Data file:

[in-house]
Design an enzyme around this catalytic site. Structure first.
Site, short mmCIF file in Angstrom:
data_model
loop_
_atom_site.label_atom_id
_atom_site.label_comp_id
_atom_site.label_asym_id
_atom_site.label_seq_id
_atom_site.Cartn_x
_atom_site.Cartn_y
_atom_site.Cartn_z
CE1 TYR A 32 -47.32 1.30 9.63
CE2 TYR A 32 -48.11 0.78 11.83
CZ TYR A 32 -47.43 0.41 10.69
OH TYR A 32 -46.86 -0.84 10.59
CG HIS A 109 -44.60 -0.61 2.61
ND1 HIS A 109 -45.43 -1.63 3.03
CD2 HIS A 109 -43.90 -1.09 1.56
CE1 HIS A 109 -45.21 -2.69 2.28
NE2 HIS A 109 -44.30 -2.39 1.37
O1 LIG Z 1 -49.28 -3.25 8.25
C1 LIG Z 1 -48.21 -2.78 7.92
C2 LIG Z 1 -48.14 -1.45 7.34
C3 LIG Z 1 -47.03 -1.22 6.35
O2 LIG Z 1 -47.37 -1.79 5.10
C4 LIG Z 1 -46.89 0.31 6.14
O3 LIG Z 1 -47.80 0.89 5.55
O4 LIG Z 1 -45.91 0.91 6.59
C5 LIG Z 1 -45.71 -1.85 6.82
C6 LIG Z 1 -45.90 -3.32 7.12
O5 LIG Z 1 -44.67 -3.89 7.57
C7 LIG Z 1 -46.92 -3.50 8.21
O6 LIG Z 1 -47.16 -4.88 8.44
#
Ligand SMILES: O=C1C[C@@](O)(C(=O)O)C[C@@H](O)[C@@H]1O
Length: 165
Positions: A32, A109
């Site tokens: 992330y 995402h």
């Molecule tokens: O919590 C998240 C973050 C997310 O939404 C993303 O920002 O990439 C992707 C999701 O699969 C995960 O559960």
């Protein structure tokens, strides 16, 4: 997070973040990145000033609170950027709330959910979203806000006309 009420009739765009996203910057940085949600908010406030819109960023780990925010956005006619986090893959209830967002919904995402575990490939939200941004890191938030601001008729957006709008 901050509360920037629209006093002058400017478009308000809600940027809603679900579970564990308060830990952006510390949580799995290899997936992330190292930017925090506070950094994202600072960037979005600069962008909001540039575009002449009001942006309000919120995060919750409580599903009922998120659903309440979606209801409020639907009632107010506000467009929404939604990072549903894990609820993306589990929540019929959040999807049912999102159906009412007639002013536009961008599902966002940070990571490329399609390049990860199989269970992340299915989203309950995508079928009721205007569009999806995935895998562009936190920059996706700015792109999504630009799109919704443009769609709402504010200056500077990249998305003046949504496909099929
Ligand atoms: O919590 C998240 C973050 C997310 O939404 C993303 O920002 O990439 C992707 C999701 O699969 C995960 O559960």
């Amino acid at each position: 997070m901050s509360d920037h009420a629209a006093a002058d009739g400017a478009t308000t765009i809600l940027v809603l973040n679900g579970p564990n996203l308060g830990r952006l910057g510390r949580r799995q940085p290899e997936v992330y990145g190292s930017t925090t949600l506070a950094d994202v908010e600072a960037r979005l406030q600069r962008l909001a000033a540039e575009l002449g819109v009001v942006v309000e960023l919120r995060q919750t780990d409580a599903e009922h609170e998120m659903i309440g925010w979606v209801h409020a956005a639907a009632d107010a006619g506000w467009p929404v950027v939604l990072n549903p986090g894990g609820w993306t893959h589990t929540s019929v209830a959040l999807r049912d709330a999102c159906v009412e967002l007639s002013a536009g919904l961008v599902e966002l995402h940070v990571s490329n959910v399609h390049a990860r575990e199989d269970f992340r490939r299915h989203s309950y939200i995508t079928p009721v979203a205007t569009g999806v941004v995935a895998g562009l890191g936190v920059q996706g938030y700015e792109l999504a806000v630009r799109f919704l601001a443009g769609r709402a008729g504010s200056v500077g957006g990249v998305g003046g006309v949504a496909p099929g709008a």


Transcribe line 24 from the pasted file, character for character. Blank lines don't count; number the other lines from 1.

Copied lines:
C2 LIG Z 1 -48.14 -1.45 7.34